William Tubbs, son of Thomas and father of James – that’s quite a dynasty. Yet William’s work remains poorly known, partly because his work is often branded with the name of his employer (as with this bow branded Dodd), partly because his workshop contained so many talented makers, largely from his own family.
This bow looks very like a James Tubbs in all details other than the head, and it seems likely that James finished the stick and made the fittings. The stick is round section, of the deep brown pernambuco favoured by James Tubbs in his later career – the mounts are silver and ebony of unusually fine quality. At this time the bow is in excellent condition – in fact it’s a unique and collectable example.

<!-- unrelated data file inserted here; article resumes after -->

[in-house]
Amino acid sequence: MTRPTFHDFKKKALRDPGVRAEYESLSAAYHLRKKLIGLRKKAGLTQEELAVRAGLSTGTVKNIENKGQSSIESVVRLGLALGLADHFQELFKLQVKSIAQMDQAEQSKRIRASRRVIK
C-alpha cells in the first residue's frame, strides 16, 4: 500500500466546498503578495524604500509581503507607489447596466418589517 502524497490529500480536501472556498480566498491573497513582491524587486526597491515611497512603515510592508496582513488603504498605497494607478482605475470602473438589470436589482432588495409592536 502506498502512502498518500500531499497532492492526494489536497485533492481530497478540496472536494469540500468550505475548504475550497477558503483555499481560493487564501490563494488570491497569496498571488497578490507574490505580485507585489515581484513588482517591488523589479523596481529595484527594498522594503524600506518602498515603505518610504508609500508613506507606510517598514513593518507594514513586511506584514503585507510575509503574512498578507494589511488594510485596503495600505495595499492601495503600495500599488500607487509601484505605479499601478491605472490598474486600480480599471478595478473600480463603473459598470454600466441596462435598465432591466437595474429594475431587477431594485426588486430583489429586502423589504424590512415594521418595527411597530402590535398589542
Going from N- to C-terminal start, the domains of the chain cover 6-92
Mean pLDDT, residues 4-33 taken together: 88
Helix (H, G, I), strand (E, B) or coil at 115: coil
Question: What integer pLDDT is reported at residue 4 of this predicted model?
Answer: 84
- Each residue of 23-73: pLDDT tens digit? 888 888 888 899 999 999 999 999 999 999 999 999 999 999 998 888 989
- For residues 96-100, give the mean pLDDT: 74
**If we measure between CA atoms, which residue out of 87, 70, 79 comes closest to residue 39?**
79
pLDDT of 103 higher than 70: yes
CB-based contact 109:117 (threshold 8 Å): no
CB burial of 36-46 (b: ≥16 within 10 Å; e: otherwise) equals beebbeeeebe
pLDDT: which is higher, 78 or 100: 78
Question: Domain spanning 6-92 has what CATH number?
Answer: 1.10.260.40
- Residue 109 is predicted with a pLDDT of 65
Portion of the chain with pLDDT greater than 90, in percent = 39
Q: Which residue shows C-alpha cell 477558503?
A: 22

The first thing to say is that this is a short bow at 73.1 cm in total length – ideal for a smaller player, and with a unique combination of weight and ease of playing. It would also make an ideal companion for a smaller viola.
The tone I can only describe as profound – full and centred, with the creamy assurance that we associate with the best Tubbs bows. The stick belongs firmly in the 19th century, supple yet strong, gripping the string and eking out every last ounce of sound. It’s not what modern makers are aiming for, but we find that once people get properly familiar with a good Tubbs stick there is no turning back! It’s also very lively and responsive without excessive bounce or whip.
In other words, a truly excellent viola bow.
Dimensions: length 73.1cm, weight 70.5 grams
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